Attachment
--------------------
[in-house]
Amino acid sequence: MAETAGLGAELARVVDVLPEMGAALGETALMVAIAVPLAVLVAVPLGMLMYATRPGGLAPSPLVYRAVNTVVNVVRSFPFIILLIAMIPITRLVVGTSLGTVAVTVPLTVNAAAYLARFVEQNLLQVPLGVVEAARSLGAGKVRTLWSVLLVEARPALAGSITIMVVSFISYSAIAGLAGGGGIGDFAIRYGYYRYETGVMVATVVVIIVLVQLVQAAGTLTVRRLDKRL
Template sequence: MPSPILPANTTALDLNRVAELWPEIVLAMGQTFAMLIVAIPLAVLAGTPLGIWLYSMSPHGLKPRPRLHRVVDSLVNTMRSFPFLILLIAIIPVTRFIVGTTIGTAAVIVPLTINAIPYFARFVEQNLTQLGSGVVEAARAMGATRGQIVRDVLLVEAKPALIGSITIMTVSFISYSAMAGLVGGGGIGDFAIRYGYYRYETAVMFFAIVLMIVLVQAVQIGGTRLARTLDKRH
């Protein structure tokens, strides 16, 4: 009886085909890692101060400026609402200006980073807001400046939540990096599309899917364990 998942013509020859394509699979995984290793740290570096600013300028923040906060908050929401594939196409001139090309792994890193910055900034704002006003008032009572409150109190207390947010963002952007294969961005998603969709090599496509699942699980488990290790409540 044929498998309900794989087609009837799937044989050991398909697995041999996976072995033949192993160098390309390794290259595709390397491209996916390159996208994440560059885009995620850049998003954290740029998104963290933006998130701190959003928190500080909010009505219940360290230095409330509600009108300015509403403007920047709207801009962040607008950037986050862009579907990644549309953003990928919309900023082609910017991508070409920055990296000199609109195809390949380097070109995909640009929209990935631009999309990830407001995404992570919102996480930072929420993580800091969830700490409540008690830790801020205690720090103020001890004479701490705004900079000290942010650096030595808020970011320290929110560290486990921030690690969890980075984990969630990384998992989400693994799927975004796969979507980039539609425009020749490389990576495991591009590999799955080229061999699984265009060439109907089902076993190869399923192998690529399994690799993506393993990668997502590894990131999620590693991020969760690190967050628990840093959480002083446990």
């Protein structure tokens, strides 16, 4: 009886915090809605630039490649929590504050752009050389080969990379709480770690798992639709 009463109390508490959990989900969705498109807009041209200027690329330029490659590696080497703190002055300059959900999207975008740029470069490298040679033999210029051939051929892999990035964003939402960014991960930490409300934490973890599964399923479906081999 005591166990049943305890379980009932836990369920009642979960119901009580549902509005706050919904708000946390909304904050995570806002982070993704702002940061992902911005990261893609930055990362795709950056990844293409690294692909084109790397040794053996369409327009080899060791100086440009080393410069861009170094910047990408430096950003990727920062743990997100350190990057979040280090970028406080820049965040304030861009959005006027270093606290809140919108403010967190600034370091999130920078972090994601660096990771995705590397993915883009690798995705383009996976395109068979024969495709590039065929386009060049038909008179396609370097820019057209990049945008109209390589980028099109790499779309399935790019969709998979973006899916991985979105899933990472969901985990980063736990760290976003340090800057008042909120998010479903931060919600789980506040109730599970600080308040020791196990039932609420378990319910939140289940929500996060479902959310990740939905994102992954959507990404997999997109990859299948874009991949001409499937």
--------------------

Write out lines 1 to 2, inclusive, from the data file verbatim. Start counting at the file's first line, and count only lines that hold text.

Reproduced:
[in-house]
Amino acid sequence: MAETAGLGAELARVVDVLPEMGAALGETALMVAIAVPLAVLVAVPLGMLMYATRPGGLAPSPLVYRAVNTVVNVVRSFPFIILLIAMIPITRLVVGTSLGTVAVTVPLTVNAAAYLARFVEQNLLQVPLGVVEAARSLGAGKVRTLWSVLLVEARPALAGSITIMVVSFISYSAIAGLAGGGGIGDFAIRYGYYRYETGVMVATVVVIIVLVQLVQAAGTLTVRRLDKRL